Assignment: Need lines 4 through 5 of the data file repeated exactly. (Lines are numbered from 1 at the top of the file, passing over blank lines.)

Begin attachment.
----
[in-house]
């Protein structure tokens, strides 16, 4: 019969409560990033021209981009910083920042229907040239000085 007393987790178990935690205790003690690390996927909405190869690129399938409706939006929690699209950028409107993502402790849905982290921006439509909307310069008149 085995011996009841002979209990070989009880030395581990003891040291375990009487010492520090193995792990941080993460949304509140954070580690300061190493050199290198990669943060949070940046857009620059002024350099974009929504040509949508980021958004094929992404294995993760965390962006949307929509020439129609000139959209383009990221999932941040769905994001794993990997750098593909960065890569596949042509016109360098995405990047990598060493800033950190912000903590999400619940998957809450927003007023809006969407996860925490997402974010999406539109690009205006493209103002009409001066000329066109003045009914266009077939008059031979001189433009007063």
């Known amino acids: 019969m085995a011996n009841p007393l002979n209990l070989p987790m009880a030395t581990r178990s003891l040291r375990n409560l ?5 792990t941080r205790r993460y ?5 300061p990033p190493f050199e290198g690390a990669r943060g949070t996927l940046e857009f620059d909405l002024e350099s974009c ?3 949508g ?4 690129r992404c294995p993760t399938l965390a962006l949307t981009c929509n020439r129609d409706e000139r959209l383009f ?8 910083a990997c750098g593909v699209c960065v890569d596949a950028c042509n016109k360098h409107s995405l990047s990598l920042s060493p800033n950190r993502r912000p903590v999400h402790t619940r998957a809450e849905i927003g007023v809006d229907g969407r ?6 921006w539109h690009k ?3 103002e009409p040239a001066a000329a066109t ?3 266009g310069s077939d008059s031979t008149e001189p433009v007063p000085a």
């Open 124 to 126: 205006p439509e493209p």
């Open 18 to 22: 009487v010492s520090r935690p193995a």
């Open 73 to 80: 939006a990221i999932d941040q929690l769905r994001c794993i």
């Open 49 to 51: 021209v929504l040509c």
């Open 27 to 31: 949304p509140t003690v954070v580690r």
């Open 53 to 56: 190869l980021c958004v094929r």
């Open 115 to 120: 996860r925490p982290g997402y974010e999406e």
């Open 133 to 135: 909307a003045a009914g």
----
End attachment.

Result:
């Open 124 to 126: 205006p439509e493209p």
């Open 18 to 22: 009487v010492s520090r935690p193995a």